Location: Imported Fire Ant and Household Insects
Project Number: 6615-32000-044-00
Start Date: Sep 08, 2009
End Date: Sep 07, 2014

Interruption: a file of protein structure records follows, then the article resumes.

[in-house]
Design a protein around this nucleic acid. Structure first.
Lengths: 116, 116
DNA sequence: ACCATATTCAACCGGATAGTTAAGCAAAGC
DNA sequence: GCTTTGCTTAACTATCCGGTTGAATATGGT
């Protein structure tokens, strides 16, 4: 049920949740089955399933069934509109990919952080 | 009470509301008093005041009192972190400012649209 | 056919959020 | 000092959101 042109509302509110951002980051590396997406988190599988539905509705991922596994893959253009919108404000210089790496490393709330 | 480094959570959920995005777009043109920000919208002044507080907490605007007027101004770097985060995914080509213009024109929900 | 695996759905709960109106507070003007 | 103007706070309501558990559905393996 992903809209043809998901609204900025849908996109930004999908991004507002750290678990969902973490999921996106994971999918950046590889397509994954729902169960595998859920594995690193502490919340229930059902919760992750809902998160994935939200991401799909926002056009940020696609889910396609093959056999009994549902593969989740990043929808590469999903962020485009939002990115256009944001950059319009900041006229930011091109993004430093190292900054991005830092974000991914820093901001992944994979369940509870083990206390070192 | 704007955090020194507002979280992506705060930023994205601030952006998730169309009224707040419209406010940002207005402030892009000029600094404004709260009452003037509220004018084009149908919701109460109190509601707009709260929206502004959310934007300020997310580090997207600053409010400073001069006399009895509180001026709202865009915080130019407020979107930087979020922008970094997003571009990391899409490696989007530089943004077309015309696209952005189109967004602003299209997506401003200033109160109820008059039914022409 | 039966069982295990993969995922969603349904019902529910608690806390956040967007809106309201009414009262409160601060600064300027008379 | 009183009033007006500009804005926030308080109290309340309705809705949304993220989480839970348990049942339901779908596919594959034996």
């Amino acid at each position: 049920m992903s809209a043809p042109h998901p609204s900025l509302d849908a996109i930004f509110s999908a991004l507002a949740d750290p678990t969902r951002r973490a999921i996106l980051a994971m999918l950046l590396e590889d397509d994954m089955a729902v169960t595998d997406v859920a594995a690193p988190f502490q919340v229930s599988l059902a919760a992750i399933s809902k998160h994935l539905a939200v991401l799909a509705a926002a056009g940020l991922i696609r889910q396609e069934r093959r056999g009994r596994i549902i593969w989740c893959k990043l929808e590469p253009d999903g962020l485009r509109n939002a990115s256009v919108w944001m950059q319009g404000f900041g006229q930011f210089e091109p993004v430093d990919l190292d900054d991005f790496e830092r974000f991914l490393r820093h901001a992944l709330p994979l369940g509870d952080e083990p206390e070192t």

1. Normalized cDNA libraries will be sequenced using 454-pyrosequencing technology. Resulting sequences assembled and automatically and manually annotated for key words, gene function, and Gene Ontology terms. The 454 data will be used to search for potential microbes infecting fire ants and determine their nature, distribution, relationship, and effects of these microbes in fire ants. SNPs within the data will be identified and applied to high-resolution identification of the source population of introduced S. invicta. Microarrays will be constructed and used to identify differentially expressed genes from parasite-infected and -uninfected fire ants and identify genes co-expressed with the social form-specific gene Gp-9 allelic variants. 2. Microsporidia: After approval, V. invictae will be released in the U.S. following the procedures for K. solenopsae introductions. Phorid Flies: Additional decapitating phorid flies will be released using procedures based on our previous successful releases in the U.S. The impact of phorid flies will be assessed by multiple methods, e.g. monitoring the establishment, expansion, distribution and parasitism rates of phorid fly species across the fire ant range. Viruses: With purified preparations of SINV, a number of basic studies will be conducted, including lethal dose evaluations, colony transmission studies, field-testing, and formulation development. 3. The function of the PBAN/pyrokinin family of neuropeptides will be investigated by: a) in vivo injection into female and male sexuals and immatures and observed for phenotypic change; and b) use of RNAi gene knockout methods ¬ followed by monitoring for phenotypic and/or behavioral changes. Monitoring and surveillance methods will be developed for fire ants, using known attractants. Existing fire ant bioassays will be adapted and applied to non-fire ant invasive pest ant species to create better baits and effective monitoring systems, e.g. attractants and repellents. There are many genetically characterized inbred lines of maize, e.g. yellow and white that will be tested for ant preference/damage at seed germination and seedling stages, and root development differences will be examined (phenotypic traits). Differential gene expression profiles will be used to identify genes of interest. Turfgrasses will be re-examined to determine which species is most inhibitory to fire ant colony development. Long-term molecular studies will identify the genetic basis of observed differences. 4. Potential geographic range expansion of tramp ant species will be modeled using CLIMEX a program that can be used to predict where a pest ant of interest can survive. Phagostimulants will be studied to improve the acceptability of baits for non-Solenopsis pest ants by adapting methods used for fire ants. Standard laboratory colony tests will be used to assess bait formulation effects on brood volume, adult populations, and queen survivorship. A combination of monitoring tools, baits, and biologically based-control methods will be applied to selected invasive ant species as these new tools become available.